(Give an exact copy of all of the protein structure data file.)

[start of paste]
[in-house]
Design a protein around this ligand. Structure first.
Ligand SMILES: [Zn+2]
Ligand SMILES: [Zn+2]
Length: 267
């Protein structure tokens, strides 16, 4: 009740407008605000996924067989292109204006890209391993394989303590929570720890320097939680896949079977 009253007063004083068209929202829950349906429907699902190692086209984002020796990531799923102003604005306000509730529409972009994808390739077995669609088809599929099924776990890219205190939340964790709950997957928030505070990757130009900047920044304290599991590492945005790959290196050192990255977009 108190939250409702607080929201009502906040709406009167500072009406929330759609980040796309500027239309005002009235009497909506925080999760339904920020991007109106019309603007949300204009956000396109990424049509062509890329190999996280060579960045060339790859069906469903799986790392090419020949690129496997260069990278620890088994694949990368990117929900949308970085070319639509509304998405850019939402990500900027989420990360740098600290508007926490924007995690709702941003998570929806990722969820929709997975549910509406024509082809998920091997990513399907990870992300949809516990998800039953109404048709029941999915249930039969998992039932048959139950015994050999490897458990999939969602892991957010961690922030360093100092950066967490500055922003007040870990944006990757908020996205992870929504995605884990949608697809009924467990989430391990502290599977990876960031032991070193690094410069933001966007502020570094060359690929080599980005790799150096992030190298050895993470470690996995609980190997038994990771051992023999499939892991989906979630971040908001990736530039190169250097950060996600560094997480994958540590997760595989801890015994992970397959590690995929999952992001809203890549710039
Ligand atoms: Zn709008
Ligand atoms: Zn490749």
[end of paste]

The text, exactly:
[in-house]
Design a protein around this ligand. Structure first.
Ligand SMILES: [Zn+2]
Ligand SMILES: [Zn+2]
Length: 267
């Protein structure tokens, strides 16, 4: 009740407008605000996924067989292109204006890209391993394989303590929570720890320097939680896949079977 009253007063004083068209929202829950349906429907699902190692086209984002020796990531799923102003604005306000509730529409972009994808390739077995669609088809599929099924776990890219205190939340964790709950997957928030505070990757130009900047920044304290599991590492945005790959290196050192990255977009 108190939250409702607080929201009502906040709406009167500072009406929330759609980040796309500027239309005002009235009497909506925080999760339904920020991007109106019309603007949300204009956000396109990424049509062509890329190999996280060579960045060339790859069906469903799986790392090419020949690129496997260069990278620890088994694949990368990117929900949308970085070319639509509304998405850019939402990500900027989420990360740098600290508007926490924007995690709702941003998570929806990722969820929709997975549910509406024509082809998920091997990513399907990870992300949809516990998800039953109404048709029941999915249930039969998992039932048959139950015994050999490897458990999939969602892991957010961690922030360093100092950066967490500055922003007040870990944006990757908020996205992870929504995605884990949608697809009924467990989430391990502290599977990876960031032991070193690094410069933001966007502020570094060359690929080599980005790799150096992030190298050895993470470690996995609980190997038994990771051992023999499939892991989906979630971040908001990736530039190169250097950060996600560094997480994958540590997760595989801890015994992970397959590690995929999952992001809203890549710039
Ligand atoms: Zn709008
Ligand atoms: Zn490749």